The Federal Communications Commission (FCC) recommends speeds of at least 4 Mbps for gaming, but as with all things, more is better.
Luckily, both satellite internet providers in the US offer faster speeds than that. HughesNet connects you at 25 Mbps, no matter what plan you choose. Viasat (formerly Exede) goes up to 100 Mbps—a speed that rivals cable internet.
When it comes to data caps, both Viasat and HughesNet advertise “unlimited” data. But the reality is that both internet companies may slow your speed after you hit your data allotment each month. It’s not a hard data cap, so you can still keep using the internet after you hit your data allotment, but it can be frustratingly slow.
Viasat will slow your speed during times of high network traffic once you hit 40 to 100 GB of data. The amount of data you get before your internet starts crawling along depends on the plan you purchase—the more expensive the plan, the more unthrottled data you get.
HughesNet, on the other hand, caps your data at 10 GB to 50 GB each month. Again, the amount of data you get depends on which plan you pay for. If you go over that data cap, your speeds will slow to about 1 to 3 Mbps until the billing cycle ends.
But, that’s not exactly the whole picture. If you live in an area where satellite data is under-utilized, then there might not be much congestion and you might not experience slowed speeds. That’s one reason why satellite internet works better for some people than others—it’s sort of the luck of the draw. So, if your neighbors are complaining about their slow Viasat speeds, you’ll probably have the same issue with Viasat.
You can buy extra data from both Viasat and HughesNet, so if slow speeds will interfere with work or school, you can add extra full speed data to fix the issue.
We should also mention HughesNet’s two-year price lock guarantee is great if you’re looking to save money, especially compared to Viasat, which jacks up your price after three months. That might be enough to turn the tide in HughesNet’s favor.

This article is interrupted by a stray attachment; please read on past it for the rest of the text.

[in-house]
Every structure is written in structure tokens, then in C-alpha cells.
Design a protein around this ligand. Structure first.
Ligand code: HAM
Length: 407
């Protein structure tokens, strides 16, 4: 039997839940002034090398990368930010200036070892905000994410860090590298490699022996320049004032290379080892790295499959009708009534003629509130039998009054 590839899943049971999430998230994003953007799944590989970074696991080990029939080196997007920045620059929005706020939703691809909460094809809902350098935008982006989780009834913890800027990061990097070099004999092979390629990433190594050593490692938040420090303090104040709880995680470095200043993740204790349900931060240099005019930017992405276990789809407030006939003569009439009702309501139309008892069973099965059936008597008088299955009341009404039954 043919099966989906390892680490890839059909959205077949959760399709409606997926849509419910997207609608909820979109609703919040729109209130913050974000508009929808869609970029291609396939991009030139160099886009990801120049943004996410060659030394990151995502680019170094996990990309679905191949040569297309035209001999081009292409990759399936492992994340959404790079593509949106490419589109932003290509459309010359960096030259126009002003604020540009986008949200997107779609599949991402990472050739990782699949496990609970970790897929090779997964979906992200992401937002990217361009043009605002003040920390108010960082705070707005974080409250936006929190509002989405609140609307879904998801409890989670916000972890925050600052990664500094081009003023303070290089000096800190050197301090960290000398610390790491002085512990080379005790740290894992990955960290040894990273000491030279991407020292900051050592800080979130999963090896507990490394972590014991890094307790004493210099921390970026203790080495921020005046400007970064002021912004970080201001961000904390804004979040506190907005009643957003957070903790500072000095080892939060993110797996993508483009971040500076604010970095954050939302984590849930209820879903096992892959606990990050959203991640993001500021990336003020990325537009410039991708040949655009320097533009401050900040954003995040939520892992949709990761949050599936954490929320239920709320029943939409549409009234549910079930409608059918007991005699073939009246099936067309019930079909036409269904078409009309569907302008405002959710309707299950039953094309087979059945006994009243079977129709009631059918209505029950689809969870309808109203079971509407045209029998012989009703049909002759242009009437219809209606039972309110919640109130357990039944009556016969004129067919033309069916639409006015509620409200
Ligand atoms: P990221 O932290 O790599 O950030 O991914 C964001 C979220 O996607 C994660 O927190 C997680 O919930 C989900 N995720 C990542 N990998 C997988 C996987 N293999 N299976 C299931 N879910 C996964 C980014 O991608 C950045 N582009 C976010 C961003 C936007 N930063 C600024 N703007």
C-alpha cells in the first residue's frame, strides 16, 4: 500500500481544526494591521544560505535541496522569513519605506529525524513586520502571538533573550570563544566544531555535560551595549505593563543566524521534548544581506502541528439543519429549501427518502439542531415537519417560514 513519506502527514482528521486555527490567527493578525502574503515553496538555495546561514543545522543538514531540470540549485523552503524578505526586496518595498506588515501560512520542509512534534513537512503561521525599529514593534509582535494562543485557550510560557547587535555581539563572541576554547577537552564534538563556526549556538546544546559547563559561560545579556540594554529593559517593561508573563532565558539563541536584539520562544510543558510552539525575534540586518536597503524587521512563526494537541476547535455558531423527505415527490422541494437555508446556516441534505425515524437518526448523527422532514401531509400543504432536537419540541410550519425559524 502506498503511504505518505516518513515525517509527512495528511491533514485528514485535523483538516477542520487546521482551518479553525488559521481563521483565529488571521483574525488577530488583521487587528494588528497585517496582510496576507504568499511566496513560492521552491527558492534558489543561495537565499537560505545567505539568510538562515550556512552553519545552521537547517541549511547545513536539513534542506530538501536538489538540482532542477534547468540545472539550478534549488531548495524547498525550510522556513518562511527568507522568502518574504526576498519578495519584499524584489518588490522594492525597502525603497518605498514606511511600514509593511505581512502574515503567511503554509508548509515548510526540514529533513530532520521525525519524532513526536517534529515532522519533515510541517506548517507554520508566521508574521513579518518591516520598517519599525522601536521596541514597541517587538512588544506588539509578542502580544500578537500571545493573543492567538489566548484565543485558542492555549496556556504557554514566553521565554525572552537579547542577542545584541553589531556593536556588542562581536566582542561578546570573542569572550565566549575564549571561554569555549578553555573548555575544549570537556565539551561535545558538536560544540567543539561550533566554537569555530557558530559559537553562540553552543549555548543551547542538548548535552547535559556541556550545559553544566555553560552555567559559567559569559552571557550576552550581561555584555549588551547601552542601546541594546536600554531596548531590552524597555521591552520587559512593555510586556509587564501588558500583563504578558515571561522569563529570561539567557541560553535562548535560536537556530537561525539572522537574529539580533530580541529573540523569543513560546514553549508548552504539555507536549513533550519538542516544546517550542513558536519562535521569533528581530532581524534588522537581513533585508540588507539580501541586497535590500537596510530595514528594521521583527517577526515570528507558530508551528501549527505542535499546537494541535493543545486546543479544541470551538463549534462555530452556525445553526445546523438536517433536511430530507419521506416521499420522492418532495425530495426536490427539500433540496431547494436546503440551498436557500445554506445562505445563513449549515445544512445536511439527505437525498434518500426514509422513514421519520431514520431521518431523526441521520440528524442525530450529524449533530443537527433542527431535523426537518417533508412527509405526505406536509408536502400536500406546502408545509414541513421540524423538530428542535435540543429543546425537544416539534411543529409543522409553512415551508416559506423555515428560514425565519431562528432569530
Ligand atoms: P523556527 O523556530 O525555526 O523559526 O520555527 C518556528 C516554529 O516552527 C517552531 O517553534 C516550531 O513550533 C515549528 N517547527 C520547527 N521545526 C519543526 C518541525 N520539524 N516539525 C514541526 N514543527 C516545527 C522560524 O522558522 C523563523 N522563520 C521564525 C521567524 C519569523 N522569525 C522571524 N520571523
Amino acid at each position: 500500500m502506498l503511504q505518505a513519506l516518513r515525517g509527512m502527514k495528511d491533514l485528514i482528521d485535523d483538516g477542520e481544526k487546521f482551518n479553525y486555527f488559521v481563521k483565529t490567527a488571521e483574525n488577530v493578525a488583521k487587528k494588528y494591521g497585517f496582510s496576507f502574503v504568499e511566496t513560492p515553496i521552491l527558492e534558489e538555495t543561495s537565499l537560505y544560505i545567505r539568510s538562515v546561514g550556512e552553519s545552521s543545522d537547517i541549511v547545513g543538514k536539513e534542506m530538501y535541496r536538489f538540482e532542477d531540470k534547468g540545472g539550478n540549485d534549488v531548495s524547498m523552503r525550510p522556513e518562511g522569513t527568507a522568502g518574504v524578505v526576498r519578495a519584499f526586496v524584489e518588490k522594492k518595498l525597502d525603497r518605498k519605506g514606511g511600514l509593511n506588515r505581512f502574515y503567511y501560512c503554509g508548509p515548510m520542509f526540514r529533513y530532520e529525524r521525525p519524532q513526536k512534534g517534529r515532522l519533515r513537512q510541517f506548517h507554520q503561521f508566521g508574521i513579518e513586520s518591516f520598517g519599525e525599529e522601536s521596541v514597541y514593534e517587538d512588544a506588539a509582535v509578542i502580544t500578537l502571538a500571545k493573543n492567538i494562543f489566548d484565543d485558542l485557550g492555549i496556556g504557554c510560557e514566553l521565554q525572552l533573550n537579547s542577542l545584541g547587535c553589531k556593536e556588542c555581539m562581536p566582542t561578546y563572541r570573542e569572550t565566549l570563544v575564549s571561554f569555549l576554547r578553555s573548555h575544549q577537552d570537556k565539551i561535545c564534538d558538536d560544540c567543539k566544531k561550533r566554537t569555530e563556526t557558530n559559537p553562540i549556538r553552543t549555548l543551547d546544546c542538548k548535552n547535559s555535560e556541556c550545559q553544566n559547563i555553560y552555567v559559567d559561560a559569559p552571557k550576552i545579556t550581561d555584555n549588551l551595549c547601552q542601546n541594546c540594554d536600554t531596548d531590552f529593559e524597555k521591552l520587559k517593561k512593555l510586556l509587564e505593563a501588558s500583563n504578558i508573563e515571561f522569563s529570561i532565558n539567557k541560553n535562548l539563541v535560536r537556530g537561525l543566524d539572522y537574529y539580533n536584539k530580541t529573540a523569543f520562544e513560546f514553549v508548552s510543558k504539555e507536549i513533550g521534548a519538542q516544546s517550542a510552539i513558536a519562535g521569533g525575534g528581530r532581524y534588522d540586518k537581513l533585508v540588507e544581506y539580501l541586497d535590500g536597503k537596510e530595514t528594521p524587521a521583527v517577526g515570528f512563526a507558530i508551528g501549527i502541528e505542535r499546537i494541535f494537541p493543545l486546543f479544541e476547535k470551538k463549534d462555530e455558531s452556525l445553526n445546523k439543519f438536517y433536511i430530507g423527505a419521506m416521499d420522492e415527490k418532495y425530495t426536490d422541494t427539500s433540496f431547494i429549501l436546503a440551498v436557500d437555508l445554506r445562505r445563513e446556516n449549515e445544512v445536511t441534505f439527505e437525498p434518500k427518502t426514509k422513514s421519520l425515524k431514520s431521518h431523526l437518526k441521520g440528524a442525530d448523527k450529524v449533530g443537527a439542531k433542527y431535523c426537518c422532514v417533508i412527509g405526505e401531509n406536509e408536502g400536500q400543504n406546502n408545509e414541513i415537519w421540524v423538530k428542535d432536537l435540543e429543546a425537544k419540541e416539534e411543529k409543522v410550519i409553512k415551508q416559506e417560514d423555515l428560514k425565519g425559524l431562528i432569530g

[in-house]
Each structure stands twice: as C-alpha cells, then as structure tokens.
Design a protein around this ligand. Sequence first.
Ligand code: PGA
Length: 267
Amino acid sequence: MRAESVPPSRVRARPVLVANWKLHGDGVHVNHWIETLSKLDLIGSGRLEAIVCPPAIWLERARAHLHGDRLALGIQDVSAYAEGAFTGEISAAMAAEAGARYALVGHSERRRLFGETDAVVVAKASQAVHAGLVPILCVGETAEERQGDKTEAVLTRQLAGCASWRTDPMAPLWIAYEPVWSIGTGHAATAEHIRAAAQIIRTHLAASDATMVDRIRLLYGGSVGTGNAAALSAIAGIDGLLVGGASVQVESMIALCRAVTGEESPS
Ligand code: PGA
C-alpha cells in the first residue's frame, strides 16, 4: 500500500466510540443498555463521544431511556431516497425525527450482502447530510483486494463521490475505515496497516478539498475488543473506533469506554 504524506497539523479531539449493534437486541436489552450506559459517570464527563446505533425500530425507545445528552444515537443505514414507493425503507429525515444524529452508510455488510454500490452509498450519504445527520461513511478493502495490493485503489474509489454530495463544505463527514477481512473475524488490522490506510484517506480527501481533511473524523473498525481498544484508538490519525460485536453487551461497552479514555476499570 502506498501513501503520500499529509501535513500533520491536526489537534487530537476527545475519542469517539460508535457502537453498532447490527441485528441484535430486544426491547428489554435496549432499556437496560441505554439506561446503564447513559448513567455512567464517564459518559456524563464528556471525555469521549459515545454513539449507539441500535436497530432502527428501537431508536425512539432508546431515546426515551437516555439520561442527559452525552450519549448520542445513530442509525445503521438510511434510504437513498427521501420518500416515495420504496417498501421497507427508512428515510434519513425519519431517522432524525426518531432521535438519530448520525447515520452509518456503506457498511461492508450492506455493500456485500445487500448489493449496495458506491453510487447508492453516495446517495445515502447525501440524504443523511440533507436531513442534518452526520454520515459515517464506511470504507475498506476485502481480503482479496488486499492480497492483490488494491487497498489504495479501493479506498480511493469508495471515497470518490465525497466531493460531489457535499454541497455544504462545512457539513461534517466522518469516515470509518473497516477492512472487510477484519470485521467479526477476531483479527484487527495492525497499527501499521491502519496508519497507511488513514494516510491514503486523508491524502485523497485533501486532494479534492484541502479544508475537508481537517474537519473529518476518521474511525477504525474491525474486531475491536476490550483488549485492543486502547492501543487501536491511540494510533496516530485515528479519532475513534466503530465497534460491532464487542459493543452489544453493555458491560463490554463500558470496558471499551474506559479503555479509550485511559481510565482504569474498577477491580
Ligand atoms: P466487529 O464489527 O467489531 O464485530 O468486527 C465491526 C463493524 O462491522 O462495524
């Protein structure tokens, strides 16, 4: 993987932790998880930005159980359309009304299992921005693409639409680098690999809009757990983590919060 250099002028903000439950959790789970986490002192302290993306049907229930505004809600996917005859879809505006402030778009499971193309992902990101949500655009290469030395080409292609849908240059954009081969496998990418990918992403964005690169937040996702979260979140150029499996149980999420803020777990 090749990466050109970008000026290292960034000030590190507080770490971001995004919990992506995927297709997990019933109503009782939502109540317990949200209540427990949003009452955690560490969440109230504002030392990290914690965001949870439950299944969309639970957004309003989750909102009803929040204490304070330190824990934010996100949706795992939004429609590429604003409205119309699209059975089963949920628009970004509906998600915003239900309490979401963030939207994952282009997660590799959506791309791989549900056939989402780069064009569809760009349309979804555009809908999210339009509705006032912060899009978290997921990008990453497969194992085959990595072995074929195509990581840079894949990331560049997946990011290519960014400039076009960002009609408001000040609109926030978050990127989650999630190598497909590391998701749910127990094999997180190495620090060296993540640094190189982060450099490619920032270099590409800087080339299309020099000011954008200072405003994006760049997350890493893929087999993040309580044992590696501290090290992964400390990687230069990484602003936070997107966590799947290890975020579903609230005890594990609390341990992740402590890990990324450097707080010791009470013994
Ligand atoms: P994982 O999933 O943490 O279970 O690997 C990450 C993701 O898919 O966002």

You might be surprised to learn that gaming online doesn’t use much data. Playing online games uses only 34 MB of data per hour—which makes it a fairly low-data activity. Browsing the internet, for example, uses 184 MB per hour, and streaming video content in 4K uses a walloping 6.7 GB per hour.3 It would take you 197 hours of gaming to use up the same amount of data you’d use in streaming one hour of 4K video streaming.
But downloading games can really use a lot of data. Downloading the game Red Dead Redemption 2 will use 150 GB. Yikes! Games like Animal Crossing are a lot smaller (Animal Crossing is 6.2 GB), but if you’re gaming on a satellite connection that has 10 or 20 GB of data per month, it’s easy to see how downloading games will cost you.
On a satellite connection, downloading a couple of games could use up a month’s worth of data. Because downloading games eats up so much data, we always recommend buying a physical copy of a game if you can.
If you have multiple gamers in your household (or even if some housemates stream while you game), Viasat’s speeds may be a better deal. With its new Viasat-2 satellite system, it ramps up to 100 Mbps in some parts of the country, while HughesNet tops out at 25 Mbps. But, in some areas, Viasat speeds top out at 12 Mbps, so you’ll have to check availability to find out which company offers the fastest speeds in your area.
If it’s just you gaming, HughesNet’s 25 Mbps speeds are more than enough. And don’t forget about its two-year price guarantee that blows Viasat’s prices out of the water.
One thing to note is that your internet speed won’t affect your lag since latency is based on distance and not speed.
Even so, data caps and speed are still worth considering while you decide on a satellite internet plan. If you hit your data threshold, your internet speed will slow down enough that it’ll be too slow for gaming.
Here’s how internet speed affects your gaming. Imagine you ordered a chocolate shake, but there were no big straws, and you had to suck all that chocolatey goodness through a coffee stirrer-sized straw. Talk about frustrating.
That’s what internet is like with a lower speed—you’re trying to download information through a narrow straw. But if you up your speed, you’ve upgraded to the jumbo-sized milkshake straw that allows you to download more information at the same time.
Big or small, your straw is always the same length, so your milkshake (or internet data) always travels the same distance to get to you. That’s why latency is an inescapable factor with satellite internet, no matter how fast your connection is. But getting more data at once with a higher speed will help downloads go faster and graphics look better. That’s why speed still matters.